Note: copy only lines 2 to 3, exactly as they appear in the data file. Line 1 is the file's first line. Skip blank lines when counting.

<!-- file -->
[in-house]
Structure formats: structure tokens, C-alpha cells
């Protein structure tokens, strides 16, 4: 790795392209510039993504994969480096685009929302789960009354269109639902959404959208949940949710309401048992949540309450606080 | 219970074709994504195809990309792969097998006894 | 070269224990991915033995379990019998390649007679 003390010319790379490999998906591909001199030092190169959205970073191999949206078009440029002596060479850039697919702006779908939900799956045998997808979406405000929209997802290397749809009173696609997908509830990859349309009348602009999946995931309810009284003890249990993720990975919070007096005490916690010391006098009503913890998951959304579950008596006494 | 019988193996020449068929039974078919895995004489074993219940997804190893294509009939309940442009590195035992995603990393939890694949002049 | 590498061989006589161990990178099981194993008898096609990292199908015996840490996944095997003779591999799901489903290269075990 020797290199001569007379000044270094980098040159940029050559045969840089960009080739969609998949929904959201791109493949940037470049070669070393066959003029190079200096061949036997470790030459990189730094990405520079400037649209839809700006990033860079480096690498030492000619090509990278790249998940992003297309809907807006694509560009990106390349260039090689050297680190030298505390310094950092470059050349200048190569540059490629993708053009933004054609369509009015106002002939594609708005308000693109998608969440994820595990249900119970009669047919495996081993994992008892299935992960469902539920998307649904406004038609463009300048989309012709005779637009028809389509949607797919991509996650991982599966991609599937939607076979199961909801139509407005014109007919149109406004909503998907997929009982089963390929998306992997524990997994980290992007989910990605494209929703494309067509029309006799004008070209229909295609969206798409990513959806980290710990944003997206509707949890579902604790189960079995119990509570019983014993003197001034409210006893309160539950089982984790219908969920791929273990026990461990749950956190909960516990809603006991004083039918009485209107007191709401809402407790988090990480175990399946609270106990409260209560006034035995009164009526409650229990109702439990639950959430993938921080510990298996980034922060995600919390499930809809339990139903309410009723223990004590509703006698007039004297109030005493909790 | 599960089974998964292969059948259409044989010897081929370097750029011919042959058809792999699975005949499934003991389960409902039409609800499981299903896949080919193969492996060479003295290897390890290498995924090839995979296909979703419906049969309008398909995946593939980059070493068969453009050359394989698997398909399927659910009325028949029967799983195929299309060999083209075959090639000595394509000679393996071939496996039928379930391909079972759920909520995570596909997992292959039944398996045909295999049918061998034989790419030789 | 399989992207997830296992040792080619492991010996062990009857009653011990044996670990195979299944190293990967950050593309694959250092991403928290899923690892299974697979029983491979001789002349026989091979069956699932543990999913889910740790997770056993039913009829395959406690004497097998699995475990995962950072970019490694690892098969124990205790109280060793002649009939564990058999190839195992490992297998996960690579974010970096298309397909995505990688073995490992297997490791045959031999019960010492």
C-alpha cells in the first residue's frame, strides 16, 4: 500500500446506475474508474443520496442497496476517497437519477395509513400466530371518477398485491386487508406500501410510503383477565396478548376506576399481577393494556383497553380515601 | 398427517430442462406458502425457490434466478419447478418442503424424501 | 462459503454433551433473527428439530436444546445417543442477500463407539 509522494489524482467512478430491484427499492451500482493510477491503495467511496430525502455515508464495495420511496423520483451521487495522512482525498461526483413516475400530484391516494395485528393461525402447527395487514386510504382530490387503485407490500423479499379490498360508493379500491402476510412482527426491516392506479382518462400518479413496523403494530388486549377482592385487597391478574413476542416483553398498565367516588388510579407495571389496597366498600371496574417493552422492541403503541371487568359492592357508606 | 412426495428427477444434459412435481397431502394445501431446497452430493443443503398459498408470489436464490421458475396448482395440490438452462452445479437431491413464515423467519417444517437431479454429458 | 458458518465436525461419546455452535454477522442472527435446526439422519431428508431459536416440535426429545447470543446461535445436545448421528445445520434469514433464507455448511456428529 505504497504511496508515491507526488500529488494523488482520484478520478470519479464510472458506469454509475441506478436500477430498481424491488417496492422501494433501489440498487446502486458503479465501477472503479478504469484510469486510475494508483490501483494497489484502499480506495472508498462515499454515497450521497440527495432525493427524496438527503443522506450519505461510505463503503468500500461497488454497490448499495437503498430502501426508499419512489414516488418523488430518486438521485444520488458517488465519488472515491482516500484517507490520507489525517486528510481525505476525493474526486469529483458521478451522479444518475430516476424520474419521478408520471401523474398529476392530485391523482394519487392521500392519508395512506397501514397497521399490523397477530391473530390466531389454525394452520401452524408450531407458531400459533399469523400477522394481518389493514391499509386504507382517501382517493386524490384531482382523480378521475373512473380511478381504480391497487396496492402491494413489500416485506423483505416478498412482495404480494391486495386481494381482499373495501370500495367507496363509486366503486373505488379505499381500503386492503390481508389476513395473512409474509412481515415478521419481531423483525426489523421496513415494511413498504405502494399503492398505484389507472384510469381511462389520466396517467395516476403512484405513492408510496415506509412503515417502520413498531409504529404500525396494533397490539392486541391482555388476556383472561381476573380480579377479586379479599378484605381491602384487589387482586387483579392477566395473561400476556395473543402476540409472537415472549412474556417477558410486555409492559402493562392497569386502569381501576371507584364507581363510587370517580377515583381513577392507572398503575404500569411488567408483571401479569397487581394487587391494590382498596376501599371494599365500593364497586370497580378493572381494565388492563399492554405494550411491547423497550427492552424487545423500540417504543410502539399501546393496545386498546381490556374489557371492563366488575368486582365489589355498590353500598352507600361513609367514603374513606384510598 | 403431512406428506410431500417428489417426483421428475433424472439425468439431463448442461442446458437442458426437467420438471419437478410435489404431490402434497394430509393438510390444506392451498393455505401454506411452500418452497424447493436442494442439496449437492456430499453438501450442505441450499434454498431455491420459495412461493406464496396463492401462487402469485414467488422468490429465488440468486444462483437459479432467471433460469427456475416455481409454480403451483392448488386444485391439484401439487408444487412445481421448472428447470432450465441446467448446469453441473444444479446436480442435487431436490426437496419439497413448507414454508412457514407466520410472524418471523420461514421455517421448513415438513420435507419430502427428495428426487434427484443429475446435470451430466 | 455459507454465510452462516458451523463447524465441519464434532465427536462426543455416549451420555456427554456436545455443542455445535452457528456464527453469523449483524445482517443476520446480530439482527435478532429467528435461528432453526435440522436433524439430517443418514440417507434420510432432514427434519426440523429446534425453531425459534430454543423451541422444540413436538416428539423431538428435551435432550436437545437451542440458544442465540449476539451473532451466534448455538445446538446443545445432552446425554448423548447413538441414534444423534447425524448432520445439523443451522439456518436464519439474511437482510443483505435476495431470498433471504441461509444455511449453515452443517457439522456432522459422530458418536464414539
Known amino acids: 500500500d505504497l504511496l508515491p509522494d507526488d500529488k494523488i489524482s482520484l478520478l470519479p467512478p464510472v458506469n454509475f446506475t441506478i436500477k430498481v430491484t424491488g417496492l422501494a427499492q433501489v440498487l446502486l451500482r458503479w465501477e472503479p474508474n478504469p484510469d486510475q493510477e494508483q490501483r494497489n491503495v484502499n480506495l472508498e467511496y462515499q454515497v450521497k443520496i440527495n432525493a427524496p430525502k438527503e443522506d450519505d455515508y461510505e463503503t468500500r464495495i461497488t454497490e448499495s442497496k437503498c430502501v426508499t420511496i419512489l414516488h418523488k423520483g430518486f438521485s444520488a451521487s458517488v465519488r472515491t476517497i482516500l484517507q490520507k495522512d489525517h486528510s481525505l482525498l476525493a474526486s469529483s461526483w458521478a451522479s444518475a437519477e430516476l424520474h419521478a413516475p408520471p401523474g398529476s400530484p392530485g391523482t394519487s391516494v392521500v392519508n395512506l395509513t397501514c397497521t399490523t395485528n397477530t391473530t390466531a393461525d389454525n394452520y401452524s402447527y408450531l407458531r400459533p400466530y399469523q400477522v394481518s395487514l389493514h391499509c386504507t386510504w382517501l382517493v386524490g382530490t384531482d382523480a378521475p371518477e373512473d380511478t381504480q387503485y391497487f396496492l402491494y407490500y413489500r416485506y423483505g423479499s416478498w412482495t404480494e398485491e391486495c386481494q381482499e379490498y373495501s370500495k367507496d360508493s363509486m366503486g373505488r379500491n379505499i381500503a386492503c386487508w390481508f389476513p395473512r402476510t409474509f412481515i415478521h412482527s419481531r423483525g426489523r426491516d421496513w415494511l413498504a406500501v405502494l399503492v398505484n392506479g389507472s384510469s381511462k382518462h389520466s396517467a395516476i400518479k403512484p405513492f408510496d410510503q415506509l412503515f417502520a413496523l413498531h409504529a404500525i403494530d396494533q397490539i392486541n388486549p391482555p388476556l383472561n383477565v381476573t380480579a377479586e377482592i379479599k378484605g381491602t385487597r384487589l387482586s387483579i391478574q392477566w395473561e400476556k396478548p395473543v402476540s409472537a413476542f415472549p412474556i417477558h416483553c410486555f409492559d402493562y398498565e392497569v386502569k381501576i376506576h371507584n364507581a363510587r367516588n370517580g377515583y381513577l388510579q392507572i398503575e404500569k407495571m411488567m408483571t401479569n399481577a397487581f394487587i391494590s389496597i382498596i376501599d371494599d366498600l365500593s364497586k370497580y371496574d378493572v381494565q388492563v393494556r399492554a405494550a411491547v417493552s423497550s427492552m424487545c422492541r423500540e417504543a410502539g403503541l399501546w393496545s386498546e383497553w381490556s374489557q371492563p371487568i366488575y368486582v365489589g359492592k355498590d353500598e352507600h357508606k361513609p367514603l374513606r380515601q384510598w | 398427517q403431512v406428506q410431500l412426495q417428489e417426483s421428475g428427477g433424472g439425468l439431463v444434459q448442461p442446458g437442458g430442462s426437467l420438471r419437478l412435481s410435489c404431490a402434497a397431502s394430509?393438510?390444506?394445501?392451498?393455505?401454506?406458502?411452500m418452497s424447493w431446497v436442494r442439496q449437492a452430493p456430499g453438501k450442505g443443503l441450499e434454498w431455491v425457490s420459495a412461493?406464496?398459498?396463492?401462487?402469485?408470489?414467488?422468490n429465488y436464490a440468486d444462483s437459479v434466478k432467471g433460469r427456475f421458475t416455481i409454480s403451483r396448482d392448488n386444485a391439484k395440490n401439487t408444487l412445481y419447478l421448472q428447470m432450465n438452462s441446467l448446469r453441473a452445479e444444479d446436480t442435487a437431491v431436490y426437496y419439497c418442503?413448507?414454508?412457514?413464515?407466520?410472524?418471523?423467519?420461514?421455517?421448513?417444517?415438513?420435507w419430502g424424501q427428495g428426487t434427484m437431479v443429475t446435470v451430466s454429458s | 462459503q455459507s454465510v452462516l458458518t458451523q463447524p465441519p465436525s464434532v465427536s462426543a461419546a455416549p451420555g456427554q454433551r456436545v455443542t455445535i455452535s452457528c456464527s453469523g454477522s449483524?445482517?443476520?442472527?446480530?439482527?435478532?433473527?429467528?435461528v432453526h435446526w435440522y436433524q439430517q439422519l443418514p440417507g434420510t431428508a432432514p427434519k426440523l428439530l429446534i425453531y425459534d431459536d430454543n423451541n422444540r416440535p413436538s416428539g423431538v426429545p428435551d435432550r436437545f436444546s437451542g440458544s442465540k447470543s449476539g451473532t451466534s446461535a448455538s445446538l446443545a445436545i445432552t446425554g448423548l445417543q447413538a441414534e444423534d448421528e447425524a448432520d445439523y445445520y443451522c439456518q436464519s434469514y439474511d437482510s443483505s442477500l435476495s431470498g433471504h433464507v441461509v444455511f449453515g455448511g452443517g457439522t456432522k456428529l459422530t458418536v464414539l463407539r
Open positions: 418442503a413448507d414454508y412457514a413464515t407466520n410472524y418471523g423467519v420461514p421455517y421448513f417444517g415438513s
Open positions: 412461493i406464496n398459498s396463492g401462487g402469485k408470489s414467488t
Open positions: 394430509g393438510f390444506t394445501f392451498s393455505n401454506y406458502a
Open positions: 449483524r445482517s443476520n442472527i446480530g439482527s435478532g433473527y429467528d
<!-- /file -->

Structure formats: structure tokens, C-alpha cells
């Protein structure tokens, strides 16, 4: 790795392209510039993504994969480096685009929302789960009354269109639902959404959208949940949710309401048992949540309450606080 | 219970074709994504195809990309792969097998006894 | 070269224990991915033995379990019998390649007679 003390010319790379490999998906591909001199030092190169959205970073191999949206078009440029002596060479850039697919702006779908939900799956045998997808979406405000929209997802290397749809009173696609997908509830990859349309009348602009999946995931309810009284003890249990993720990975919070007096005490916690010391006098009503913890998951959304579950008596006494 | 019988193996020449068929039974078919895995004489074993219940997804190893294509009939309940442009590195035992995603990393939890694949002049 | 590498061989006589161990990178099981194993008898096609990292199908015996840490996944095997003779591999799901489903290269075990 020797290199001569007379000044270094980098040159940029050559045969840089960009080739969609998949929904959201791109493949940037470049070669070393066959003029190079200096061949036997470790030459990189730094990405520079400037649209839809700006990033860079480096690498030492000619090509990278790249998940992003297309809907807006694509560009990106390349260039090689050297680190030298505390310094950092470059050349200048190569540059490629993708053009933004054609369509009015106002002939594609708005308000693109998608969440994820595990249900119970009669047919495996081993994992008892299935992960469902539920998307649904406004038609463009300048989309012709005779637009028809389509949607797919991509996650991982599966991609599937939607076979199961909801139509407005014109007919149109406004909503998907997929009982089963390929998306992997524990997994980290992007989910990605494209929703494309067509029309006799004008070209229909295609969206798409990513959806980290710990944003997206509707949890579902604790189960079995119990509570019983014993003197001034409210006893309160539950089982984790219908969920791929273990026990461990749950956190909960516990809603006991004083039918009485209107007191709401809402407790988090990480175990399946609270106990409260209560006034035995009164009526409650229990109702439990639950959430993938921080510990298996980034922060995600919390499930809809339990139903309410009723223990004590509703006698007039004297109030005493909790 | 599960089974998964292969059948259409044989010897081929370097750029011919042959058809792999699975005949499934003991389960409902039409609800499981299903896949080919193969492996060479003295290897390890290498995924090839995979296909979703419906049969309008398909995946593939980059070493068969453009050359394989698997398909399927659910009325028949029967799983195929299309060999083209075959090639000595394509000679393996071939496996039928379930391909079972759920909520995570596909997992292959039944398996045909295999049918061998034989790419030789 | 399989992207997830296992040792080619492991010996062990009857009653011990044996670990195979299944190293990967950050593309694959250092991403928290899923690892299974697979029983491979001789002349026989091979069956699932543990999913889910740790997770056993039913009829395959406690004497097998699995475990995962950072970019490694690892098969124990205790109280060793002649009939564990058999190839195992490992297998996960690579974010970096298309397909995505990688073995490992297997490791045959031999019960010492």